Table 1. Optimization of the Alkenylation and Cyclization/ Aromatization Protocol

a Yield of 4a over two steps based on aldehyde 6a. bPrepared in situ. Amphos = di-tert-butyl(4-dimethylaminophenyl)phosphine.

A screen of bases and their loadings, solvents, catalysts, and reaction temperatures resulted in optimized conditions for the enolate α-alkenylation cross-coupling/aromatization reaction cascade (Table 1). Changing the solvent from THF to toluene facilitated cleavage of the t-Bu from pyridinium intermediate 7a and increased the yield of 4a to 69% (Table 1, entry 2). Conversely, performing the reaction in 1,4-dioxane resulted in the formation of only 12% pyridine 4a (Table 1, entry 3) even after a prolonged reaction time. From screening different reaction temperatures in toluene, it was found that greater yields of the pyridine product were obtained when the temperature of B

DOI: 10.1021/acs.orglett.5b01312 Org. Lett. XXXX, XXX, XXX−XXX


Organic Letters

groups and may be heteroaromatic (4o). We were pleased to find that cyclic alkenyl derivatives can be employed under the reaction conditions and the aromatic, R4−R5-fused pyridines 4p and 4q could be obtained in moderate yields, as well as the sevenmembered aliphatic pyridine 4r. The reaction conditions are also compatible with R5 = H, and trisubstituted pyridine 4s was obtained in good overall yield. The crystal structures of substituted pyridines 4o and 4s were obtained, confirming the formation of pyridines through enolate α-alkenylation (see SI for details).8 Steric repulsion appears to have a smaller influence on R5 than on R3, and pyridine 4t with R5 = Ph could be synthesized in 50% yield. Alkenyl derivatives in which the double bond was part of a five- or six-membered ring, or when the alkenyl halide was substituted with OMe or CF3, gave the corresponding pyridines in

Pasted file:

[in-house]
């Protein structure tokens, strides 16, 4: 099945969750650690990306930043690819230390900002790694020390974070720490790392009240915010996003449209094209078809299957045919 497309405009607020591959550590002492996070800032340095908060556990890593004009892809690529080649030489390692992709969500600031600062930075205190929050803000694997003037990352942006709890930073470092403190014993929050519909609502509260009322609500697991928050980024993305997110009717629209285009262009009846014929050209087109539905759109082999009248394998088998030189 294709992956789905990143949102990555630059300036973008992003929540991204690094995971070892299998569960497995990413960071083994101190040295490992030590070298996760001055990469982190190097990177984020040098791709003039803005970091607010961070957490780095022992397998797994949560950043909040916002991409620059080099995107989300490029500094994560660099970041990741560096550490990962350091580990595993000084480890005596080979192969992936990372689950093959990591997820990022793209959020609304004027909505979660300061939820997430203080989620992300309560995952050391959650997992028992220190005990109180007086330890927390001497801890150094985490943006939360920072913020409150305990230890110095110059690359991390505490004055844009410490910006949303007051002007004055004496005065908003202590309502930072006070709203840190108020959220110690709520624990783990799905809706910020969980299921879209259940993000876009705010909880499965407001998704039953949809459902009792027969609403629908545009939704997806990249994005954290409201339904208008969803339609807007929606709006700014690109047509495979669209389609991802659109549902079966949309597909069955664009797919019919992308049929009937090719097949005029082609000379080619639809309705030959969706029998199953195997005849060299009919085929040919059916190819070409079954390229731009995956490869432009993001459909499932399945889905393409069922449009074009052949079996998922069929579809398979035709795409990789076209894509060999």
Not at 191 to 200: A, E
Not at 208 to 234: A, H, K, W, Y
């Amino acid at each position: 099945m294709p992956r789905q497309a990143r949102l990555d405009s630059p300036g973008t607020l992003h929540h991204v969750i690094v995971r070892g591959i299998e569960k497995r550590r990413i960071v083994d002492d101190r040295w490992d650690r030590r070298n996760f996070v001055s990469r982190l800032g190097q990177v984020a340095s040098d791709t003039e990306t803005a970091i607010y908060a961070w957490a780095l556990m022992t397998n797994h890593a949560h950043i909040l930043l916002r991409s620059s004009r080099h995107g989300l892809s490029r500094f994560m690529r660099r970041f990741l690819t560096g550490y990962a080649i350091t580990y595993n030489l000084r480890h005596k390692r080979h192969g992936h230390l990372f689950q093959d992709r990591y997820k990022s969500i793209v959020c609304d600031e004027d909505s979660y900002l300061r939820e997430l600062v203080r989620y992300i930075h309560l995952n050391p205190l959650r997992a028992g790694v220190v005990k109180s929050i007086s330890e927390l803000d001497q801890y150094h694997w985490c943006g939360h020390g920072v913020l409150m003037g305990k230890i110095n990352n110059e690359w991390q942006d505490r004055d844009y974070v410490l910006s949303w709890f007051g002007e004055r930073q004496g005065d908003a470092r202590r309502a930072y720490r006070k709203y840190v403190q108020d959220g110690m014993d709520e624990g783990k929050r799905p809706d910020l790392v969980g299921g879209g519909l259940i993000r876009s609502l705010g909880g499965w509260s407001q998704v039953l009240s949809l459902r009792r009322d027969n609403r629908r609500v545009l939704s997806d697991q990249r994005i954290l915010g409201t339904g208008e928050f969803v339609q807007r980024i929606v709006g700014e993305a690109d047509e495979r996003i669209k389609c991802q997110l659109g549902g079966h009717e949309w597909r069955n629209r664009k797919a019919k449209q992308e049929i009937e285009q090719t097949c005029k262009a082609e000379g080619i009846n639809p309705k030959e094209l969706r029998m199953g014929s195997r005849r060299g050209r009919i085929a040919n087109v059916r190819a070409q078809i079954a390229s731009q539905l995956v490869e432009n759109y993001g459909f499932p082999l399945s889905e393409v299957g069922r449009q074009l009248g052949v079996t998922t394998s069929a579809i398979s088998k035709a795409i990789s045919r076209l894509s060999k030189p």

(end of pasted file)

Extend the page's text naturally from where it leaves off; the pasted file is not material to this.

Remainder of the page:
Modular Synthesis of Highly Substituted Pyridines via Enolate α-Alkenylation.

A novel methodology for the synthesis of highly substituted pyridines based on the palladium-catalyzed enolate α-alkenylation of ketones is presented;...